French fries are often BETTER for you than an avocado
Protein-based diets are all the rage -but a large avocado only 3.7g of protein, whereas a portion of chips has even more hunger-supressing protein. (Source: the Mail online | Health)
Source: the Mail online | Health - July 17, 2017 Category: Consumer Health News Source Type: news

How Bad for You Are Fried Foods?
This story looks at the health effects of French fries and other fried foods. (Source: WebMD Health)
Source: WebMD Health - June 22, 2017 Category: Consumer Health News Source Type: news

What To Eat When Grief Is Eating You
When you’re grieving – particularly after the death of a loved one – you might experience decision fatigue. This happens in response to the number of decisions you’ve been forced to make over a very short period of time, deteriorating the quality of those decisions. As you can imagine, what you eat – the result of small decisions we make throughout each day – is a common victim of decision fatigue. Suddenly, making “good” choices about what you eat seems strenuous and even debilitating. So you opt out of the decision altogether and forgo eating, or make the easiest and most c...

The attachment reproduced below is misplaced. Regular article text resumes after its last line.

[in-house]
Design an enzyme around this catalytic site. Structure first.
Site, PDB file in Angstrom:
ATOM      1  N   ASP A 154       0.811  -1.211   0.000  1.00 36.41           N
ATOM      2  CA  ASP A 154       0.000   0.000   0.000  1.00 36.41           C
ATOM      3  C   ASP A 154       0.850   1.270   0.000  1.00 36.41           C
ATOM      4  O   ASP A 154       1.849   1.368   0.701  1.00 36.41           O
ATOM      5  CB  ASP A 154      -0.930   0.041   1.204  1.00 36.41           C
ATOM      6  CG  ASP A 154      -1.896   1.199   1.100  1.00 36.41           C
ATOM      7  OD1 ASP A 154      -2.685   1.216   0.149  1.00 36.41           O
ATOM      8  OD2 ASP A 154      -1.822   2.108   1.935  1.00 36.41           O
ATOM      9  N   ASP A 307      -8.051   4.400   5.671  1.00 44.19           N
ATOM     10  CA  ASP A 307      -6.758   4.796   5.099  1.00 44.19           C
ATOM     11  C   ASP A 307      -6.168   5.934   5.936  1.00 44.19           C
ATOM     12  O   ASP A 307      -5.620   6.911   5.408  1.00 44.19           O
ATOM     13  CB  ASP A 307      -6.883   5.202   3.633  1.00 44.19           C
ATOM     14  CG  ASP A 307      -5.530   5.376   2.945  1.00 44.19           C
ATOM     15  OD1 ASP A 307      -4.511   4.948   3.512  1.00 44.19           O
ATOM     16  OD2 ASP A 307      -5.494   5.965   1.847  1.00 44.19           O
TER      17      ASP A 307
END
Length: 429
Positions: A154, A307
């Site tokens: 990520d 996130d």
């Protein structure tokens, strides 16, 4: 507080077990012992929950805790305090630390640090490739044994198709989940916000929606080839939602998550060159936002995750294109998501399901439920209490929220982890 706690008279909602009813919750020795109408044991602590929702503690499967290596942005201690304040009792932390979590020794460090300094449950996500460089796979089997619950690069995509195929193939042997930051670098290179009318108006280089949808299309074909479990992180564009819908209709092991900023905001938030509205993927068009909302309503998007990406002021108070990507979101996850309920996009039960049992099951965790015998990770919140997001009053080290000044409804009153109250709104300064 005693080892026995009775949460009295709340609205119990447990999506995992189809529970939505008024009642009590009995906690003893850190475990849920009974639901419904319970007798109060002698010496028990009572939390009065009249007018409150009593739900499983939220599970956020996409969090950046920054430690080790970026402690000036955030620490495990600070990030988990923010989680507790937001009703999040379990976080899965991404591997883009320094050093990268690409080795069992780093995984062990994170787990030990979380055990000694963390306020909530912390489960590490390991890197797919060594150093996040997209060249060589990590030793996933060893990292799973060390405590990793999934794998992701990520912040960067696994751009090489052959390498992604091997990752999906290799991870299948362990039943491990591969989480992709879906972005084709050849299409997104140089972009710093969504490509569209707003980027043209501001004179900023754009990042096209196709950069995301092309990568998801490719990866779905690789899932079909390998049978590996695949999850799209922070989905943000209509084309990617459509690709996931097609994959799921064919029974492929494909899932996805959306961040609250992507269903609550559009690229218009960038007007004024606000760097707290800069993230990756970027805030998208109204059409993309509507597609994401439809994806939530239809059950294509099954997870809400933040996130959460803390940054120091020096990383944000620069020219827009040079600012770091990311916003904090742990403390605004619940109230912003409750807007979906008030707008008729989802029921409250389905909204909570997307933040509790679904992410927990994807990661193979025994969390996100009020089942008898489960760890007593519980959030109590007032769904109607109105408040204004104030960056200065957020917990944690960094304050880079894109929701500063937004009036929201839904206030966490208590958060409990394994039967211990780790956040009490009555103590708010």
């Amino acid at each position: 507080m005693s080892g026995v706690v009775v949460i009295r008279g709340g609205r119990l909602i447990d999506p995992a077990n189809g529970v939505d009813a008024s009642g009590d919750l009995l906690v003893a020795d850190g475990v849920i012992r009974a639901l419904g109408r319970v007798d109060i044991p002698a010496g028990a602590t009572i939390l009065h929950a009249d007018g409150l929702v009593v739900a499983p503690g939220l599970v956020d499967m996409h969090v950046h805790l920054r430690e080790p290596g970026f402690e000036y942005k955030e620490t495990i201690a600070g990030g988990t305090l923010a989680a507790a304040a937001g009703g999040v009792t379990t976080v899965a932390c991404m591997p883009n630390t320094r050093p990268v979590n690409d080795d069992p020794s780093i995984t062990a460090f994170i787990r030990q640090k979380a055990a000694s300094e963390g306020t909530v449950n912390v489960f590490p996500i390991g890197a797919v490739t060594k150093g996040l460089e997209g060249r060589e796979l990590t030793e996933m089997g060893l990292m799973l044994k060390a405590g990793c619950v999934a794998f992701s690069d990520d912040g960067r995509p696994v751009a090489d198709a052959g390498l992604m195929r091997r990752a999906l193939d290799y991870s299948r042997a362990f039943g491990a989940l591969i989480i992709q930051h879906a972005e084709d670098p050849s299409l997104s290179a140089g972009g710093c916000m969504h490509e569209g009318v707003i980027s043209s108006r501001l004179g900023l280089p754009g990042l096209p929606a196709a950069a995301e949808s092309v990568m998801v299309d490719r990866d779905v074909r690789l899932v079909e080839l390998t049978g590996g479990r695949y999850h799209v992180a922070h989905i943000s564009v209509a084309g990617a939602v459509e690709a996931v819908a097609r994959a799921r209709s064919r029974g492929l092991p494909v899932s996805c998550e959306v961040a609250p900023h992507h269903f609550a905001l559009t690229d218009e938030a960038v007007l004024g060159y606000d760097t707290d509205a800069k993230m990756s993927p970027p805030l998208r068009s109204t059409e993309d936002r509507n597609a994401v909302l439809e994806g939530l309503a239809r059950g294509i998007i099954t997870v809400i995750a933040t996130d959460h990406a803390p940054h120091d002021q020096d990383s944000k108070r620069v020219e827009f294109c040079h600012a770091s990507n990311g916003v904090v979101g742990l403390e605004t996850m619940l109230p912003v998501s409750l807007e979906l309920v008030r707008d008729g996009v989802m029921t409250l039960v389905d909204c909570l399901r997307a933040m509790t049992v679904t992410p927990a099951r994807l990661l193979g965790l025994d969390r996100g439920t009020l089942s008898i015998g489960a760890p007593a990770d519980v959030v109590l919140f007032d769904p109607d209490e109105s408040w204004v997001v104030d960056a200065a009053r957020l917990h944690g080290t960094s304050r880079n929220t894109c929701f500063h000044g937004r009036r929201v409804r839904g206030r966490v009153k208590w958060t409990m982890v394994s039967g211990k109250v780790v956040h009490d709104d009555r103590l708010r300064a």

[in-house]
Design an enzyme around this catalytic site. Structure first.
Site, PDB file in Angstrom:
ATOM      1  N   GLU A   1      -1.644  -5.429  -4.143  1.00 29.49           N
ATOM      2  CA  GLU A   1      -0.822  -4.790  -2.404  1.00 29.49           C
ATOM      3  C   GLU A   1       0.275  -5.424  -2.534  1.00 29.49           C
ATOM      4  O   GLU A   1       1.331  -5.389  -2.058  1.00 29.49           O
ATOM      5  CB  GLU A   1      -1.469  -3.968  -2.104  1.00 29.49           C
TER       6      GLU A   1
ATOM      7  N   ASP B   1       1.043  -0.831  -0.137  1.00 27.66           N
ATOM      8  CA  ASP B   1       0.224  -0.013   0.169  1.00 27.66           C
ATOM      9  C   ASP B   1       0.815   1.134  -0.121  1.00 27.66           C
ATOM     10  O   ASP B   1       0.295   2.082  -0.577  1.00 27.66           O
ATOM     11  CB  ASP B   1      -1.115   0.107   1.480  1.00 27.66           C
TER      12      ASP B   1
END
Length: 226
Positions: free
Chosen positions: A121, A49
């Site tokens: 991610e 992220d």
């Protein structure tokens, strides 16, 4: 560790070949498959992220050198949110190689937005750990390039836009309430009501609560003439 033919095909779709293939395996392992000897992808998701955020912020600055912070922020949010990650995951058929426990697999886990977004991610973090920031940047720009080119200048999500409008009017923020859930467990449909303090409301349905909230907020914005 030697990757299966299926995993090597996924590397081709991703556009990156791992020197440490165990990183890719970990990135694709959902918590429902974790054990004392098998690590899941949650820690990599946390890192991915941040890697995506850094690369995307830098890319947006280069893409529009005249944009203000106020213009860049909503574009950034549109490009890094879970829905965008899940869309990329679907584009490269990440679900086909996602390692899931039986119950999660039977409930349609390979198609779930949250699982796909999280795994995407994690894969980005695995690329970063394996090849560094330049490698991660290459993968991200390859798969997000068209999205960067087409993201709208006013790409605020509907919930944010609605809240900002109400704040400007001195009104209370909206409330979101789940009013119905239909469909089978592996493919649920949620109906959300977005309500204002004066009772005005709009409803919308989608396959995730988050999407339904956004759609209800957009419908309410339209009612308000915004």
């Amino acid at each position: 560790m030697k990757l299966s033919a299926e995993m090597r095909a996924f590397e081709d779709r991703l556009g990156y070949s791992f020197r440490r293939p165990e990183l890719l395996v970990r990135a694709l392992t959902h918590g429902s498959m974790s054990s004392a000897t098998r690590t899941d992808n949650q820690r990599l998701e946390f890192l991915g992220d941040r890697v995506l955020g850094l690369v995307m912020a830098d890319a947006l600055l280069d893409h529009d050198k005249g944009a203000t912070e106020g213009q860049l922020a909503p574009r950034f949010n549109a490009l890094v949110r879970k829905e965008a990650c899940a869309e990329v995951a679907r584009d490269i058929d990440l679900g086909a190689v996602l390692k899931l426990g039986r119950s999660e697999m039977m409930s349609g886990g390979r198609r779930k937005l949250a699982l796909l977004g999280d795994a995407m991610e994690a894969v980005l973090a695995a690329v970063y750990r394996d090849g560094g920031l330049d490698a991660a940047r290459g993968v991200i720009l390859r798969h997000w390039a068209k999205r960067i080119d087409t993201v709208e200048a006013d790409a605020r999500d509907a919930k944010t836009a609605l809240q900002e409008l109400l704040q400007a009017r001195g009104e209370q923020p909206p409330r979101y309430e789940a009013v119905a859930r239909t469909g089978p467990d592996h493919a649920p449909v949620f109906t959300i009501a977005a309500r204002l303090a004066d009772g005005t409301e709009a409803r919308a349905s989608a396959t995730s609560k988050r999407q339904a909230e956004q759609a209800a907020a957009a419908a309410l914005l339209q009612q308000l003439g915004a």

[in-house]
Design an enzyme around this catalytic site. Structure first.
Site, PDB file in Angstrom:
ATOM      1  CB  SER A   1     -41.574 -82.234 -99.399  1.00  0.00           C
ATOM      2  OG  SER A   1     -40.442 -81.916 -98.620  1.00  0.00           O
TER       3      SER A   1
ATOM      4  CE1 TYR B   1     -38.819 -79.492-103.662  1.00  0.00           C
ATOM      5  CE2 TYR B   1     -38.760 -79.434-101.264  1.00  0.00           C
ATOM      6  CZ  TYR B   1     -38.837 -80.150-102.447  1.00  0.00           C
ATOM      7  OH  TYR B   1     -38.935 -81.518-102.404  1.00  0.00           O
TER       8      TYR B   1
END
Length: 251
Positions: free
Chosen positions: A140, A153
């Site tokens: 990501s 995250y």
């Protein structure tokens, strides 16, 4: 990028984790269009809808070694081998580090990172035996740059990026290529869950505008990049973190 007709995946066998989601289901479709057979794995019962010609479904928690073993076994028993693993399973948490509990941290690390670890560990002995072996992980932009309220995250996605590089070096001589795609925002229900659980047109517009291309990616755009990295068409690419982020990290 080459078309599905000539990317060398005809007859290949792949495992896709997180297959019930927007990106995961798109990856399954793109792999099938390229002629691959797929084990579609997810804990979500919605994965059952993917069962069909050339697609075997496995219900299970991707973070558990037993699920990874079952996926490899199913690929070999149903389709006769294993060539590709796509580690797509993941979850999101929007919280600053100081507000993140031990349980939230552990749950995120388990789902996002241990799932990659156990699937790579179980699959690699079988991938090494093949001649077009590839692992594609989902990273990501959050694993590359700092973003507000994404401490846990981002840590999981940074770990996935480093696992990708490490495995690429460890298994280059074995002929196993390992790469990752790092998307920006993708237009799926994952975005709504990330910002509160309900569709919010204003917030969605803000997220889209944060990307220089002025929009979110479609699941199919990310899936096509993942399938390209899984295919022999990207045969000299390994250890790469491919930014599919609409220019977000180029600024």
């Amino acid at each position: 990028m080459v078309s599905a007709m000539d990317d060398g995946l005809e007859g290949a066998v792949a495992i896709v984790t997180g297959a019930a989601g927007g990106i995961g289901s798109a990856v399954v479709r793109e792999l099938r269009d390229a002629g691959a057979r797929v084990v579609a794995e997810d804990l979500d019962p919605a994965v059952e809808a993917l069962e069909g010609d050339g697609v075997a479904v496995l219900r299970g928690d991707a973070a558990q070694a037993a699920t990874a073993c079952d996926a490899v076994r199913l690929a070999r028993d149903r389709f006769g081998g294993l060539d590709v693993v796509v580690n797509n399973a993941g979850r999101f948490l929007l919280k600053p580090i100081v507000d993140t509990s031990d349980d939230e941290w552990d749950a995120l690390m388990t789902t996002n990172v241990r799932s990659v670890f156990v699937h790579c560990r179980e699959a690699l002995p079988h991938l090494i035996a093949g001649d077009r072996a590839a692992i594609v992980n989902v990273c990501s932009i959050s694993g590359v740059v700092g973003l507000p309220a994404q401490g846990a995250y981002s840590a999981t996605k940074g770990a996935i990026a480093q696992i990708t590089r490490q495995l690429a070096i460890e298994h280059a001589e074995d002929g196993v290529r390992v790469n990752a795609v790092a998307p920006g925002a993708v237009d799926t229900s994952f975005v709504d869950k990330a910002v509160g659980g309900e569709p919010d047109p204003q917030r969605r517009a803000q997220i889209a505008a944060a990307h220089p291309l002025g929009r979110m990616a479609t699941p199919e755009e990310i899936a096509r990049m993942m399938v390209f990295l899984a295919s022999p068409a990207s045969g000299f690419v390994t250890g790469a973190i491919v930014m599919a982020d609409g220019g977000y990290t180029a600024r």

Source: Healthy Living - The Huffington Post - June 19, 2017 Category: Consumer Health News Source Type: news

Saturated Fat: Weighed, Measured, And Found Wanting
A stunningly good, extraordinarily comprehensive paper on the health effects of saturated fat in our diets has weighed them in every relevant way, measured them with every pertinent metric, and found them wanting. There are no saturated fatty acids shown to be better than “harmless at best,” and those we consume most often and abundantly in fatty meats, processed meats, fast foods, dairy and processed dairy products are decisively worse than that. They are bad for us. Until rather recently, the idea that pepperoni pizza, ice cream, and bacon were far from good for our health would have evoked nothing beyond a yawn. ...